AYB - Associated Yacht Brokers, EMCI - European Maritime Certification Institute, YBAA - Yacht Brokers Association of America, FYBA - Florida Yacht Brokers Association, MYBA - Worldwide Yacht Brokers Association, BCYBA -British Columbia Yacht Brokers Association, GCYBA- Gulf Coast Yacht Brokers Association, CYBA - California Yacht Brokers Association, OYBA - Ontario Yacht Brokers Association (Boating Ontario), CPYB - Certified Professional Yacht Broker Program.


Yacht brokers are more common where yachting is more common; along coasts and waterways or within lakes. For instance, yachting is very common in the Mediterranean and Caribbean Seas, along the U.S eastern and western and gulf coasts. These popular waterways for leisure boating are proximate to the large western populations of Europe and all of North America.


Similar to other industries (i.e. real estate) commission is usually paid by the seller of the vessel to a broker and agreed upon in advance of negotiation, typically as a key term in a marketing agreement, which is often called a Central (or Open) Marketing Agreement. Commission is either based on a fixed bottom line from the seller (Net) or as a percentage of the purchase price (Percentage). When commission is as a Percentage, it is typically 10% of the purchase price. Net agreements are becoming increasingly unpopular and are very rarely offered by Listing Brokers at the present time. While they may seem an attractive option for sellers and do work well for sellers in limited scenarios, they are typically only offered when the broker is planning to make more than the standard 10% as their commission or, if less, it is unlikely another broker will want to bring a buyer to negotiation and share in a commission which is less than the standard and expected amount.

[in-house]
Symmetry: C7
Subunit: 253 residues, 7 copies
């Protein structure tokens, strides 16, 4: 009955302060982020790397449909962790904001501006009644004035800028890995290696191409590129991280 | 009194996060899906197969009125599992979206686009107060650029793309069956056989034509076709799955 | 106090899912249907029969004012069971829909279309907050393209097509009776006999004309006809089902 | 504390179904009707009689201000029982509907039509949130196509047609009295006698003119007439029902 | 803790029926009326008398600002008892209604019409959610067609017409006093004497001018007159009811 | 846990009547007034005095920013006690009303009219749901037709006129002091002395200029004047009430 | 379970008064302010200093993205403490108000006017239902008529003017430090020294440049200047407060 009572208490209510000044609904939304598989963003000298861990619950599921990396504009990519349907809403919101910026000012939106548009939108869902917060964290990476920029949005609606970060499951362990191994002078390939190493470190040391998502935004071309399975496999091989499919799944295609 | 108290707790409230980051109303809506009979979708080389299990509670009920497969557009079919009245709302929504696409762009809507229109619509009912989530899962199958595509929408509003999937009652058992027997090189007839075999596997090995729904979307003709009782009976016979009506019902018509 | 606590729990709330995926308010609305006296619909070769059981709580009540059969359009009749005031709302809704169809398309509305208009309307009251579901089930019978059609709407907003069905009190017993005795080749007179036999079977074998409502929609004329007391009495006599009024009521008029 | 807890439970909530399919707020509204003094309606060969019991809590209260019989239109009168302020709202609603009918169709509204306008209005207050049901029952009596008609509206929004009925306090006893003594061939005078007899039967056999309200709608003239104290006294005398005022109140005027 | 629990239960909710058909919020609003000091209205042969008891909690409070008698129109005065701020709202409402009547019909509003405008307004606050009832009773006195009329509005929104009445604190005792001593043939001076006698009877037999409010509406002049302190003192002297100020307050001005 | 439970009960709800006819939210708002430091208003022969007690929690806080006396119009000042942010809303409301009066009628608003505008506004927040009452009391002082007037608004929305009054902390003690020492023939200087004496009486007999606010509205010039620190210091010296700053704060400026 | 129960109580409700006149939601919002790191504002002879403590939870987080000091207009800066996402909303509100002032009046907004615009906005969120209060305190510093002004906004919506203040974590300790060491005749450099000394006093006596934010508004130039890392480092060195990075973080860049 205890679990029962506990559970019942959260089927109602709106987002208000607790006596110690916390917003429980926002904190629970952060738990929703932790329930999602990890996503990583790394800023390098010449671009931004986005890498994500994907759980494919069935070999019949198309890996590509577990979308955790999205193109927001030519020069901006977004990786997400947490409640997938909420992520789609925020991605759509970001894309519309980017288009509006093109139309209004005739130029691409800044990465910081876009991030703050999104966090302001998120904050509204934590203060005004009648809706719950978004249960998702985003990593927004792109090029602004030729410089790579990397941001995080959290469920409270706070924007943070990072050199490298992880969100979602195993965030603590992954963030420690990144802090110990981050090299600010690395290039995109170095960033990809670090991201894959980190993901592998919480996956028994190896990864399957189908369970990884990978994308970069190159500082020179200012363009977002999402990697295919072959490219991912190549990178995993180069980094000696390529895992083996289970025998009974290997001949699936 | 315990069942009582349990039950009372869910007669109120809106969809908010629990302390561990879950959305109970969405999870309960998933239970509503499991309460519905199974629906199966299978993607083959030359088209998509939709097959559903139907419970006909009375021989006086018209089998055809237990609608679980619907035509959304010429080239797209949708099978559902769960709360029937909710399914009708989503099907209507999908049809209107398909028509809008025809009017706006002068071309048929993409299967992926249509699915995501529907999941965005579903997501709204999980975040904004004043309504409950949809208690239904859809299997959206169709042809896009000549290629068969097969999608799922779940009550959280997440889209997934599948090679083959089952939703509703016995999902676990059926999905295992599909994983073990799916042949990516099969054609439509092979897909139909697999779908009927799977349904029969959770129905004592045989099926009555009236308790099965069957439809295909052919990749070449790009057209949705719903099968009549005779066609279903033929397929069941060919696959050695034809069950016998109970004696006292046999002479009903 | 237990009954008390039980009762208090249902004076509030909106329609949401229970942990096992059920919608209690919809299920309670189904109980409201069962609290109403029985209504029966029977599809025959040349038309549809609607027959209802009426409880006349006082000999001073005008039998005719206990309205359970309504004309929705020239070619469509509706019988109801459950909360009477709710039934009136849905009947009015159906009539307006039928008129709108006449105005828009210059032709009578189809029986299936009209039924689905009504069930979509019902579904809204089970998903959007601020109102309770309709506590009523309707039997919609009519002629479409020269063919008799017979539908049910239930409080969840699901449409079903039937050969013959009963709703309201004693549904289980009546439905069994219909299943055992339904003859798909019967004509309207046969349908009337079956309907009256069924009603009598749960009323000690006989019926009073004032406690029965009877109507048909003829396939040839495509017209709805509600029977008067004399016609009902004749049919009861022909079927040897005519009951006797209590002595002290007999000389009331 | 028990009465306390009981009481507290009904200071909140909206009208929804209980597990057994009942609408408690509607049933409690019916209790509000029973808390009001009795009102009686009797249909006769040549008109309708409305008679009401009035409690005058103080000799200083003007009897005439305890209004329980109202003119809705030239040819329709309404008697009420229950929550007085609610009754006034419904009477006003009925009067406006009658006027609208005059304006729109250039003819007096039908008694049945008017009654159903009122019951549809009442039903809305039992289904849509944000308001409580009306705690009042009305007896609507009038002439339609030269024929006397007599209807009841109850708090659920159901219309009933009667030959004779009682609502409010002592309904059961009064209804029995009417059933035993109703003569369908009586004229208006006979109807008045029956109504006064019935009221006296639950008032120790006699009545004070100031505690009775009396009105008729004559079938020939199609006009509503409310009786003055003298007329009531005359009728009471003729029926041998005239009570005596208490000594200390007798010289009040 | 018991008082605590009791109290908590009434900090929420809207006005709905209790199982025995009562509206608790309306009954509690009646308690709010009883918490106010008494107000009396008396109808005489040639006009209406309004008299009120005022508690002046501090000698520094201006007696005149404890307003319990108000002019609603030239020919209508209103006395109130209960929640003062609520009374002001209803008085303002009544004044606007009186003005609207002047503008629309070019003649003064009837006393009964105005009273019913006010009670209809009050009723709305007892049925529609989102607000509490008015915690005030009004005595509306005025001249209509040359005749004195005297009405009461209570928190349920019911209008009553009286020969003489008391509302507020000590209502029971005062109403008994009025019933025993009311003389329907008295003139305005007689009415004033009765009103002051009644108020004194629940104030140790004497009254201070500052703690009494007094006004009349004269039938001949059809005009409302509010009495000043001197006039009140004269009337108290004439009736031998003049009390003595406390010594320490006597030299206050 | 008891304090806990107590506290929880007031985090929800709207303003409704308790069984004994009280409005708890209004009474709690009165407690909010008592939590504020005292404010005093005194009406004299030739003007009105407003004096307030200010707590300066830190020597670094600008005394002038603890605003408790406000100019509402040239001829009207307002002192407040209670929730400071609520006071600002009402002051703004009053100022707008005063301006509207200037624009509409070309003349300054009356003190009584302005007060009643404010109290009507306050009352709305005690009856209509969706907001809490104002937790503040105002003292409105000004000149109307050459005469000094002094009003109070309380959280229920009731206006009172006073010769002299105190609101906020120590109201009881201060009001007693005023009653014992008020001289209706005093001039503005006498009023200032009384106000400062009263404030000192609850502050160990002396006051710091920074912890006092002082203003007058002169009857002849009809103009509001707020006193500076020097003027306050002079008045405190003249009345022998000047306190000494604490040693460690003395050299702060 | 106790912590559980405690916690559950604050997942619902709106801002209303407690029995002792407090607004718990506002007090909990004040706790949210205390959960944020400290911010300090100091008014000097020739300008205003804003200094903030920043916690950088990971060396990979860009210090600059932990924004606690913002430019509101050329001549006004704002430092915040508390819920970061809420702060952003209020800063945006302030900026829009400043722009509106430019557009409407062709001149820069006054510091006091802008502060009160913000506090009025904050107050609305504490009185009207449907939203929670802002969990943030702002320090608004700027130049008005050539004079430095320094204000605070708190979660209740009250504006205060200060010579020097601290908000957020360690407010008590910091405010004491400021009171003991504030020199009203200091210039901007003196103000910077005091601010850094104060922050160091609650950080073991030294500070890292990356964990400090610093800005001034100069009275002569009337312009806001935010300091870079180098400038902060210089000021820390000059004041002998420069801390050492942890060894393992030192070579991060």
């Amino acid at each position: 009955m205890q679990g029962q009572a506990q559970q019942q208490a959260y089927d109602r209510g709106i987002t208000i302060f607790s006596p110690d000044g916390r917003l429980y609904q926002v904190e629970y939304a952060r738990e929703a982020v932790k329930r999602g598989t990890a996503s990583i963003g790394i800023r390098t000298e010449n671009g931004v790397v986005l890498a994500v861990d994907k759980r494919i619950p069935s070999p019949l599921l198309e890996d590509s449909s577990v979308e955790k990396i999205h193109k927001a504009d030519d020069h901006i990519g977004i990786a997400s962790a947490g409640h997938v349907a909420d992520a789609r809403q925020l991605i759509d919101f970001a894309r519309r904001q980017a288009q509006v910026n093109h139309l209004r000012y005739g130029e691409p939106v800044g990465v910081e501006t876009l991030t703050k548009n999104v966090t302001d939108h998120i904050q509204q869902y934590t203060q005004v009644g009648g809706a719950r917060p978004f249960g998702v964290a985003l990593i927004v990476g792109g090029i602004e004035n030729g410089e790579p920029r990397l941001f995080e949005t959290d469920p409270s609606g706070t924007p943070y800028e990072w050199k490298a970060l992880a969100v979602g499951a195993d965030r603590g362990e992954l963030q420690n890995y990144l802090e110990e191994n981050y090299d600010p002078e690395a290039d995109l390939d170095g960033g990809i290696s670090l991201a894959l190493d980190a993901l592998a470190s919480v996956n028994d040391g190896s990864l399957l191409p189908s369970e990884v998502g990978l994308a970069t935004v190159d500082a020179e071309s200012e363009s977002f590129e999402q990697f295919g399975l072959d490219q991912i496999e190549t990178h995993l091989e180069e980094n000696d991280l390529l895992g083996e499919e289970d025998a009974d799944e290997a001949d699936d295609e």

While standard commission rate is typically 10%, there are brokerages that offer to market and sell vessels for less. Reduced commissions however often have the unintended effect of alienating Buyers Brokers who would otherwise alert a potential buyer to the vessel.

While not common in the United States, it is not common in some countries (especially in Europe) for buyers to pay a "buyer's commission" to their chosen broker to find a vessel for the buyer.

Yacht charter brokerEdit

The term 'yacht broker' can sometimes be confused with the term 'yacht charter broker'. A yacht broker acts as an agent in the sale of yachts, rather than the "rent", hire or charter time on yachts. A yacht charter broker specializes in the "charter" of fully crewed luxury yachts or smaller bare-boat yachts used by people for holidays/vacations . Occasionally a person will carry out both roles but more commonly a company as a whole will carry out both roles and employ both yacht charter brokers and yacht brokers. The roles are therefore normally specialised and distinguished.

See alsoEdit


  1. ^ "National Yacht Broker Certification Program". cpyb.net. Retrieved Mar 5, 2012.